The Securities and Exchange Commission (SEC) on Friday, December 16, 2011, charged six former top executives of the Federal National Mortgage Association (Fannie Mae) and the Federal Home Loan Mortgage Corporation (Freddie Mac) with securities fraud, alleging they knew and approved of misleading statements claiming the companies had minimal holdings of higher-risk mortgage loans, including subprime loans.
Fannie Mae and Freddie Mac each entered into a Non-Prosecution Agreement with the Commission in which each company agreed to accept responsibility for its conduct and not dispute, contest, or contradict the contents of an agreed-upon Statement of Facts without admitting nor denying liability. Each also agreed to cooperate with the Commission’s litigation against the former executives. In entering into these Agreements, the Commission considered the unique circumstances presented by the companies’ current status, including the financial support provided to the companies by the U.S. Treasury, the role of the Federal Housing Finance Agency as conservator of each company, and the costs that may be imposed on U.S. taxpayers.
In the complaint filed in the U.S. District Court for the Southern District of New York (S.D.N.Y.), the SEC alleges that Fannie Mae and three former executives of Fannie Mae, Daniel Mudd, former CEO, Enrico Dallavecchia, former CRO, and Thomas Lund, former EVP of the Single Family business made or substantially assisted others in making materially false and misleading statements regarding Fannie Mae’s exposure to subprime and Alt-A loans.
In a separate complaint filed in the U.S. District Court for the Southern District of New York (S.D.N.Y.), the SEC alleges that Freddie Mac and three of its former executives, Richard F. Syron, former Chairman and CEO of Freddie Mac, Patricia Cook, Former Executive Vice President of Investments and Capital Markets and Chief Business Officer, and Donald Bisenius, former Senior Vice President for Single Family Guarantee, led investors to believe that the firm used a broad definition of subprime loans and was disclosing all of its subprime loan exposure in its Single-Family guarantee portfolio. Unbeknown to investors, as of December 31, 2006, Freddie Mac’s Single Family business was exposed to approximately $141 billion of loans internally referred to as “subprime” or “subprime like,” accounting for 10 percent of the portfolio, and grew to approximately $244 billion, or 14 percent of the portfolio, as of June 30, 2008.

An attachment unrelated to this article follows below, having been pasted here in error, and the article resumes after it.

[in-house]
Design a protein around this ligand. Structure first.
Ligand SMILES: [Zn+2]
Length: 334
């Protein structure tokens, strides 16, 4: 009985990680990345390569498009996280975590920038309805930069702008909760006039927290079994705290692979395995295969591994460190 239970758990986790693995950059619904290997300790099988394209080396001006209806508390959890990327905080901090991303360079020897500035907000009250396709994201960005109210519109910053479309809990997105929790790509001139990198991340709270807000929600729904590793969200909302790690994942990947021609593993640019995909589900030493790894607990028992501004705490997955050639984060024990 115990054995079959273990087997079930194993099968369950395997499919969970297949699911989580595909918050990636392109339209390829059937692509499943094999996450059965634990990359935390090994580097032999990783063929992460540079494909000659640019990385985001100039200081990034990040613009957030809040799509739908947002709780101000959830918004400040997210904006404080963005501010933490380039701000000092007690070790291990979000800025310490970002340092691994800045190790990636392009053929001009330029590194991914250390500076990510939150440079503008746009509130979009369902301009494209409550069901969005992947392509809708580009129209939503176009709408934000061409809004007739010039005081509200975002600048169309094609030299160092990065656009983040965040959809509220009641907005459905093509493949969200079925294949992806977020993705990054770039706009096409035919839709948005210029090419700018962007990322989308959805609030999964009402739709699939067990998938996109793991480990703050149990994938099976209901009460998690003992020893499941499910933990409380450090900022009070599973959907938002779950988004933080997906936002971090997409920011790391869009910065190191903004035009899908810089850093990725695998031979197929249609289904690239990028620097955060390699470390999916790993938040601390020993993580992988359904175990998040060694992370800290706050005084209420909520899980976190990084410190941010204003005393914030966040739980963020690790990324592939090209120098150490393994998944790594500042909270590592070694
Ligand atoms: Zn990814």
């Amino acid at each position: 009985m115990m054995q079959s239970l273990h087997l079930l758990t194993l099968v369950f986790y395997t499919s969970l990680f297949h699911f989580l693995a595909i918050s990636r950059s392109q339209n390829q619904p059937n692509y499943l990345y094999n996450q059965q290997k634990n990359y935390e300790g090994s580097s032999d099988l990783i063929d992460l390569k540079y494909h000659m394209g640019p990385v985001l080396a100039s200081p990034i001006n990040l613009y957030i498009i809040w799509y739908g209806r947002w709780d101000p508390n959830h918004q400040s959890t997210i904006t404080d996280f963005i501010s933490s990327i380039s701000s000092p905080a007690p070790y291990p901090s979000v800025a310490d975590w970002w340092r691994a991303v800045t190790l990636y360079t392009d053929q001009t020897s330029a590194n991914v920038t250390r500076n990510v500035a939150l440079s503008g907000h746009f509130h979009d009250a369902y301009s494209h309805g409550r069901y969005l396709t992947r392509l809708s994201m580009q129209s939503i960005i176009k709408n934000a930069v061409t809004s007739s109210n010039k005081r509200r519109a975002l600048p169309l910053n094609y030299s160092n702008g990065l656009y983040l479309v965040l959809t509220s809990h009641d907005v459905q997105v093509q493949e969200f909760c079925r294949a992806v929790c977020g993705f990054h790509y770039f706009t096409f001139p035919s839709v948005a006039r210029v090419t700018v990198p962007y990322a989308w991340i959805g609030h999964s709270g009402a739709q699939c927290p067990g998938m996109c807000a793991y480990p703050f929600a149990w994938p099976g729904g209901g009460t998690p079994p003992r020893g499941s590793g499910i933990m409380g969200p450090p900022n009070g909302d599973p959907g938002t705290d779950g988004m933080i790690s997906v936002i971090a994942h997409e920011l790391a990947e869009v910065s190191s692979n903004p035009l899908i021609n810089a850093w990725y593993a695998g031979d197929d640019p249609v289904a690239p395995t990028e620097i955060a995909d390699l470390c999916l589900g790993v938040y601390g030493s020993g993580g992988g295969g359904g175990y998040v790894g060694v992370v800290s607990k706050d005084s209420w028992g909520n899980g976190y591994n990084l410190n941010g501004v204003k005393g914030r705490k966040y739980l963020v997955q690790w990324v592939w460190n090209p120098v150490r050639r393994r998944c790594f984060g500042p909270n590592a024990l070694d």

The SEC’s complaint also alleges that, among other things, Syron, Cook and Bisenius made, or substantially assisted Freddie Mac or each other in making, materially false and misleading statements regarding the company’s subprime exposure. In particular, the complaint alleges that Syron and Cook each personally made public speeches or statements that led investors to believe that Freddie Mac, in words or in substance, had “basically no subprime exposure.” As the most-senior credit risk officer for the Single Family business, Bisenius had personal knowledge of the company’s exposure to high risk loans internally characterized as “subprime,” “subprime-like” or “otherwise subprime.” Despite this knowledge, each of the defendants certified or sub-certified to the company’s written disclosures, including its materially misleading subprime disclosures.